Legg Mason Inc., the money manager that has struggled with more than five years of net redemptions, fell by the most in three months after revenue missed analysts estimates.
Legg Mason's fiscal fourth-quarter operating revenue of $681.4 million missed the $694.5 million estimate of 11 analysts surveyed by Bloomberg.
Joseph A. Sullivan, who was named chief executive officer of the Baltimore-based firm in 2013, has reorganized businesses to cut costs while vowing to stem withdrawals by improving performance and focusing on the company's product lineup. The firm is struggling to reverse redemptions from its bond unit as investors have turned away from fixed income in anticipation of rising interest rates.
“Legg Mason is a work in progress,” Michael Kim, an analyst with Sandler O'Neill & Partners, said in a telephone interview before results were released. “They are moving in the right direction, but at a measured pace.”
Legg Mason's net income rose to $68.9 million, or 58 cents a share, in the three months ended March 31, compared with $29.2 million, or 23 cents, a year earlier, when profits were reduced by a one-time expense for cutting office space, the firm said Thursday in a statement.
Legg Mason, whose investment affiliates include bond manager Western Asset Management Co. and stock investor ClearBridge Advisors, managed $701.8 billion as of March 31, up 5.6% from a year earlier. Assets rose 3.3% during the quarter as long-term redemptions of $300 million were offset by market appreciation and foreign-exchange movements.
The company's equity business attracted $500 million in deposits during the quarter, and short-term products such as money-market funds drew $8.6 billion. Investors pulled $800 million from fixed-income accounts in the quarter.
On the equity side, ClearBridge Investments attracted $2.2 billion while Royce & Associates, which specializes in small-cap stocks, experienced redemptions. The $6.9 billion Royce Premier Fund trailed 82% of peers over the past five years, according to data compiled by Bloomberg. In 2014 the fund is beating 98% of rivals.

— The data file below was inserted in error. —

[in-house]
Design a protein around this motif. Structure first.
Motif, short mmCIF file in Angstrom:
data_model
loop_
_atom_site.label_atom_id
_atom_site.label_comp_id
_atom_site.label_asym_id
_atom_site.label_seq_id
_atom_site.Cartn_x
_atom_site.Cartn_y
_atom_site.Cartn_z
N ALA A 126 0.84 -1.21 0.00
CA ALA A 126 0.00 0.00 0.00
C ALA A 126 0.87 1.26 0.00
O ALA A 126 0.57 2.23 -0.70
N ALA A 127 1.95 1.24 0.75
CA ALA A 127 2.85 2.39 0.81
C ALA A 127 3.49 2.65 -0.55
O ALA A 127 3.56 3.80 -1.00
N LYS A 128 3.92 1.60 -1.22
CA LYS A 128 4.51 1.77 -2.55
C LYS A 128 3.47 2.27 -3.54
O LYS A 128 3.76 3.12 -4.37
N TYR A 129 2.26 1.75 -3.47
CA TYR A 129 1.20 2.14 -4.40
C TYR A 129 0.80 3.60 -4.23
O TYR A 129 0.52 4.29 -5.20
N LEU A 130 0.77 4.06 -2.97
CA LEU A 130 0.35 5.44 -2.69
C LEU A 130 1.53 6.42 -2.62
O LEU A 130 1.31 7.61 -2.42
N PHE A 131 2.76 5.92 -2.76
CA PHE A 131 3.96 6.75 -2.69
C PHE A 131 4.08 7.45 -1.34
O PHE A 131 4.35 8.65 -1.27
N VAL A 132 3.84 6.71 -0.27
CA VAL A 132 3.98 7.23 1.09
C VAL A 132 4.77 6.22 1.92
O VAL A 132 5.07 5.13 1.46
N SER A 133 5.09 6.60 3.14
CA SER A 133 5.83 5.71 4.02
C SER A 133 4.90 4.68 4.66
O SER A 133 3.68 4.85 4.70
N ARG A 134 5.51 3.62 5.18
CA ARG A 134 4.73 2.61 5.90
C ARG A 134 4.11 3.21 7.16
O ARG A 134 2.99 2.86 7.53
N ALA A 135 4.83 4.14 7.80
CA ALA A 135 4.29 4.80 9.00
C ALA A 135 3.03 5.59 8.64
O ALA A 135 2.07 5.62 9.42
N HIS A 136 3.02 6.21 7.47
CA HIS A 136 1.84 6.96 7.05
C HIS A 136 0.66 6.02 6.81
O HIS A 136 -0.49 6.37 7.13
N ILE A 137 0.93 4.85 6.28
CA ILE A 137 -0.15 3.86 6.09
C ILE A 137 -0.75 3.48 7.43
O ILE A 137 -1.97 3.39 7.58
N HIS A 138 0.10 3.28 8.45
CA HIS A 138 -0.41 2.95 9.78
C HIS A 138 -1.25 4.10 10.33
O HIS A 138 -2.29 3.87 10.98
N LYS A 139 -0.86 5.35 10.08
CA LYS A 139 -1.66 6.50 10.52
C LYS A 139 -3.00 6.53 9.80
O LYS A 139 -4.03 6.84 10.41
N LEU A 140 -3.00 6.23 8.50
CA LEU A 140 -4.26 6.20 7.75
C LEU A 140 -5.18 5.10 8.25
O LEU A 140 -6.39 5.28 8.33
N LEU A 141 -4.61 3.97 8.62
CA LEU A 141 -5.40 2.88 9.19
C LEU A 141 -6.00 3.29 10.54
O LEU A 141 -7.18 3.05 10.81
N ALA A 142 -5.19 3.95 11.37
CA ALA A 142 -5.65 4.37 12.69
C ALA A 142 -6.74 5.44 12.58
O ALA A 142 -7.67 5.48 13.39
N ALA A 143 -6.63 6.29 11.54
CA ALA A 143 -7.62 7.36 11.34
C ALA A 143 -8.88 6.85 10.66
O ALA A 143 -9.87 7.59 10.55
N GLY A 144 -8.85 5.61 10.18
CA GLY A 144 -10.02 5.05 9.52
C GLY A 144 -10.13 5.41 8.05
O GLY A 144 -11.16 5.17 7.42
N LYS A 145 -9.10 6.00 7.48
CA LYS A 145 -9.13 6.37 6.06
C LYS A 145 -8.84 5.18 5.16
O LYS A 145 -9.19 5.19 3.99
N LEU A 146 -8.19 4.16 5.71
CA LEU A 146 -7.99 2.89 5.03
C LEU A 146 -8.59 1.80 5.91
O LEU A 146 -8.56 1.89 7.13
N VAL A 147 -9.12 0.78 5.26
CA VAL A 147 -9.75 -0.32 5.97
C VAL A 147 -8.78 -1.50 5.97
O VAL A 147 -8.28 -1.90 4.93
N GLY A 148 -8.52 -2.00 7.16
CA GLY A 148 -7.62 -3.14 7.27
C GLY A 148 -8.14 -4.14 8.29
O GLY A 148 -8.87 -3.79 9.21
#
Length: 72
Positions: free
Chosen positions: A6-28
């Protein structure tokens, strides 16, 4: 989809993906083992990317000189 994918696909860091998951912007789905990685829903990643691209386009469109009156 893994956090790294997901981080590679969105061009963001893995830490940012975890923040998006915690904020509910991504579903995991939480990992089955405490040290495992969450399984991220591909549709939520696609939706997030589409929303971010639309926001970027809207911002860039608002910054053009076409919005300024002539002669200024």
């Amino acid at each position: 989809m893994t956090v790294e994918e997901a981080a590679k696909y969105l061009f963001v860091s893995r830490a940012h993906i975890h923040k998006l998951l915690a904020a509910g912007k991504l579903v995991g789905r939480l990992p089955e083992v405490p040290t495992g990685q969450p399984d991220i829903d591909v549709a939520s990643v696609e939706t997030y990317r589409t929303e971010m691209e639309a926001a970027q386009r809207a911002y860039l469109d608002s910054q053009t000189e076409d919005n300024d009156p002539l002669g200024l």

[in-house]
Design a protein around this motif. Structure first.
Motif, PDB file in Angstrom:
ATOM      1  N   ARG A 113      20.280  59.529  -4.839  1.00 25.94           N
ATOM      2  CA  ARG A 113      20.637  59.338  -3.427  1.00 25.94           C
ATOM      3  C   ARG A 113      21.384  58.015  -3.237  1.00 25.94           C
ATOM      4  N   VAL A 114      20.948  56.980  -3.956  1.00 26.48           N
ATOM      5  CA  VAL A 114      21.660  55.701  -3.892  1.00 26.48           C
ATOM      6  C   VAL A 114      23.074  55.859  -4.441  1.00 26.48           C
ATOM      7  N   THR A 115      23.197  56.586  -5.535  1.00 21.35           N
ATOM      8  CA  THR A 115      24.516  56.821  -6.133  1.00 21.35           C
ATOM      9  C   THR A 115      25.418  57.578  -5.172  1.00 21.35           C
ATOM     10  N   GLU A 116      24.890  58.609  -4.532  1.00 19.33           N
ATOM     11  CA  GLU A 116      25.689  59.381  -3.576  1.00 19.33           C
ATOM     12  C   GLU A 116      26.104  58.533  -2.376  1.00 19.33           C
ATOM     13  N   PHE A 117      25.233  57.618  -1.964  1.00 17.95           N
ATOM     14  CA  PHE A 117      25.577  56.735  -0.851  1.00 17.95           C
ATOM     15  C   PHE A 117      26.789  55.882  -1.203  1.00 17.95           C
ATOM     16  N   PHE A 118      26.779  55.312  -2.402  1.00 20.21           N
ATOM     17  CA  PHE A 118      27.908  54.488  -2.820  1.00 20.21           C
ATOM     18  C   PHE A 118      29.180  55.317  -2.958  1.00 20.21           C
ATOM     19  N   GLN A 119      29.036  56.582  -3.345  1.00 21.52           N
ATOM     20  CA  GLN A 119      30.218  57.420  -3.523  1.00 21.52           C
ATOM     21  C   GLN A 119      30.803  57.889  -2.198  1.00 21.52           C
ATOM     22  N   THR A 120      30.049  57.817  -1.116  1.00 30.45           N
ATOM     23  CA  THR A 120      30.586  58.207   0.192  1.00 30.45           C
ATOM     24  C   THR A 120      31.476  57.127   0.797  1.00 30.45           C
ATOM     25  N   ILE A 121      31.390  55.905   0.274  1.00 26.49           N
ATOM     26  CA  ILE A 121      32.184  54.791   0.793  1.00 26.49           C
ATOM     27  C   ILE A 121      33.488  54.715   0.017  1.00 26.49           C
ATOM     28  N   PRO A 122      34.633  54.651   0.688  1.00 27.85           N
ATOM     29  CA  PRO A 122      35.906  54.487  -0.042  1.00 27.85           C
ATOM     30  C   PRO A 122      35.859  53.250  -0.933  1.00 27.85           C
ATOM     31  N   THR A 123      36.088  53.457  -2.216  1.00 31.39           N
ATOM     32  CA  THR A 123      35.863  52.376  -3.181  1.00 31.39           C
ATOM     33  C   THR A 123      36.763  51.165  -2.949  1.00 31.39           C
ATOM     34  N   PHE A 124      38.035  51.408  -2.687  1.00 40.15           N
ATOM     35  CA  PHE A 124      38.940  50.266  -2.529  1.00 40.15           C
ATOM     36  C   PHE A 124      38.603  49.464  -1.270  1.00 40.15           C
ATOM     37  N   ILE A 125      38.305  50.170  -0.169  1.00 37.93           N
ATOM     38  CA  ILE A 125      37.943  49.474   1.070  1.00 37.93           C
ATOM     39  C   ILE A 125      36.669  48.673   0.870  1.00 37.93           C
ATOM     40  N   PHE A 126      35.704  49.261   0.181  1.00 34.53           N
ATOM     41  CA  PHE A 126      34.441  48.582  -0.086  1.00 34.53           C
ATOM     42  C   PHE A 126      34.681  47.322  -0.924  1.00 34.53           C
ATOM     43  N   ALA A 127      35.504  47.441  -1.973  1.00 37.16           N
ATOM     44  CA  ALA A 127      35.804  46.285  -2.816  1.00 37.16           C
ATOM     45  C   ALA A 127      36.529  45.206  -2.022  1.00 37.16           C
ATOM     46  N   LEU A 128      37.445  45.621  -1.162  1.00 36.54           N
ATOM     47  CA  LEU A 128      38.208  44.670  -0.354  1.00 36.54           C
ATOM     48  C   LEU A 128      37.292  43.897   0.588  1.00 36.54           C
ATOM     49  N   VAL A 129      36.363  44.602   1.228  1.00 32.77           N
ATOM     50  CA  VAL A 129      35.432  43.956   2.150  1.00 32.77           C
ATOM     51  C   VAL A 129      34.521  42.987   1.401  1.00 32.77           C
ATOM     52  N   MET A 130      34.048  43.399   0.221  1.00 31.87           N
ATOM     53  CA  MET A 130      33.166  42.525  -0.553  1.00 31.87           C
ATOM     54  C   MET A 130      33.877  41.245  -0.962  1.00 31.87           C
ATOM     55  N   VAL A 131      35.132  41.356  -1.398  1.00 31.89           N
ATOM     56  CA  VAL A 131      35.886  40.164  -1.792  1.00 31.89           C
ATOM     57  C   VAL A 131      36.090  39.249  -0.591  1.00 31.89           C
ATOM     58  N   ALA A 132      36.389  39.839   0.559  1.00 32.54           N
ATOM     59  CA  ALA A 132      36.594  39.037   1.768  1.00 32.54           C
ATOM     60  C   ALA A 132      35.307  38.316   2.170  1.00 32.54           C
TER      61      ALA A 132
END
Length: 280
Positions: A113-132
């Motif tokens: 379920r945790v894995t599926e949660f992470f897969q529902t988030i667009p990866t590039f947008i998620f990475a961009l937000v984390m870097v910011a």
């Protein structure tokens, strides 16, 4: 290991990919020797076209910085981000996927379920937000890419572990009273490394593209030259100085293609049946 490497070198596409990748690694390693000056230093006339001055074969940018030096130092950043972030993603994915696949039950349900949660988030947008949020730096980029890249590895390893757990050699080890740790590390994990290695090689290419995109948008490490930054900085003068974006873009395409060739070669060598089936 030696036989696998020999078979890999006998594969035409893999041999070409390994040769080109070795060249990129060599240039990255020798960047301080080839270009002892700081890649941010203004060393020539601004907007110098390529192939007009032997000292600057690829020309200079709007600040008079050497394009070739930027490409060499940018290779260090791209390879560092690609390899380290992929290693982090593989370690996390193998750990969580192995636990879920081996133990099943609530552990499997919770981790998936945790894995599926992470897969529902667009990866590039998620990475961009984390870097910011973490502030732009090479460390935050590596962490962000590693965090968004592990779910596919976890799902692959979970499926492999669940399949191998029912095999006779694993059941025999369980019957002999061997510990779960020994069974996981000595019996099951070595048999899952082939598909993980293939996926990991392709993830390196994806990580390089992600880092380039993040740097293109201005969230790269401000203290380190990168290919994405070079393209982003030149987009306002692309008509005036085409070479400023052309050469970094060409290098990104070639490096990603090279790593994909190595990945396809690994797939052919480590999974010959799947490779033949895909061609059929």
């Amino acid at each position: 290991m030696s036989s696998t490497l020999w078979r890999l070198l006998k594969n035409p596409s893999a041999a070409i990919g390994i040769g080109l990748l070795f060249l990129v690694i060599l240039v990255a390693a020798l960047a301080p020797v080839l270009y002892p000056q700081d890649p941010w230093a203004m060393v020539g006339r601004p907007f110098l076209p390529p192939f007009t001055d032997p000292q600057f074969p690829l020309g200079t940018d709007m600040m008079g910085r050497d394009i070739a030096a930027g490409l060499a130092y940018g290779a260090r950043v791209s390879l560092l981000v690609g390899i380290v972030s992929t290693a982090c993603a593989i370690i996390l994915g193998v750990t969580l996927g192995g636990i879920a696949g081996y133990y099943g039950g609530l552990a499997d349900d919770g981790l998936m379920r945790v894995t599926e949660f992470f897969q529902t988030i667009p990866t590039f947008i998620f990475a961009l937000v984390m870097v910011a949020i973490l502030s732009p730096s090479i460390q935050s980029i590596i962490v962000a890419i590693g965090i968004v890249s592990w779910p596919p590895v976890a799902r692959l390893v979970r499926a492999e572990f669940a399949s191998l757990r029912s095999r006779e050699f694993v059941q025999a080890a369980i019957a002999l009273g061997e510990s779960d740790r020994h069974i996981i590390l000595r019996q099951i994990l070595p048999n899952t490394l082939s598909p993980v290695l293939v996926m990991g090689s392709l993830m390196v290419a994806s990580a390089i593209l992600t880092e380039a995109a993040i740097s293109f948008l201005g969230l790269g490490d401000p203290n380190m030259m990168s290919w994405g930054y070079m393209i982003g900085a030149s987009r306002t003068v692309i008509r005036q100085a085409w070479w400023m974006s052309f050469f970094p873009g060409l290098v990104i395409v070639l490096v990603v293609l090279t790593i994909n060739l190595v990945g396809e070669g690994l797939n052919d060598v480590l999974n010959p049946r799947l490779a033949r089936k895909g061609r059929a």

Redemptions from Western Asset were driven by a low-fee global sovereign account, Legg Mason said. Excluding the $1.4 billion withdrawal from that account, the fixed income funds attracted net new business in the quarter, according to the firm.
Mr. Sullivan said Legg Mason entered into a profit-sharing arrangement with ClearBridge, its largest equity unit, which will result in an annual expense of less than $2 million. Legg Mason previously signed a similar agreement with its Permal business, which sells alternative investments, and Mr. Sullivan said on a conference call that comparable deals could be signed with other units.
In March, Mr. Sullivan said 2014 would be a year of growth for the firm as it seeks to add new investment units. Legg Mason that same month agreed to spend as much as $41 million to buy QS Investors, a global quantitative equity firm that split from Deutsche Bank AG in 2010. The ultimate cost of the deal is tied to QS meeting certain revenue targets. QS had $4.1 billion in funds under management and $100 billion in advisory assets, Legg Mason said at the time.
“Our number one priority in terms of acquisitions is to add a manager that specializes in non-U.S. equities,” Mr. Sullivan said in a telephone interview Thursday.
Some of Legg Mason's funds have had strong performance. The $2.1 billion Legg Mason Opportunity Trust, run by Bill Miller, beat 95% of rivals over the past five years, according to data compiled by Bloomberg. The $10.3 billion ClearBridge Aggressive Growth Fund topped 99% of peers and the $10 billion Western Asset Core Plus Bond Fund did better than 92% of similar funds over the same five-year stretch.
Mr. Sullivan has said he wants to fill gaps in global equities, multi-asset offerings and alternative investments such as private equity, real estate and natural resources. Legg Mason hired Wells Fargo & Co.'s Thomas Hoops in January to look for potential acquisitions and develop products.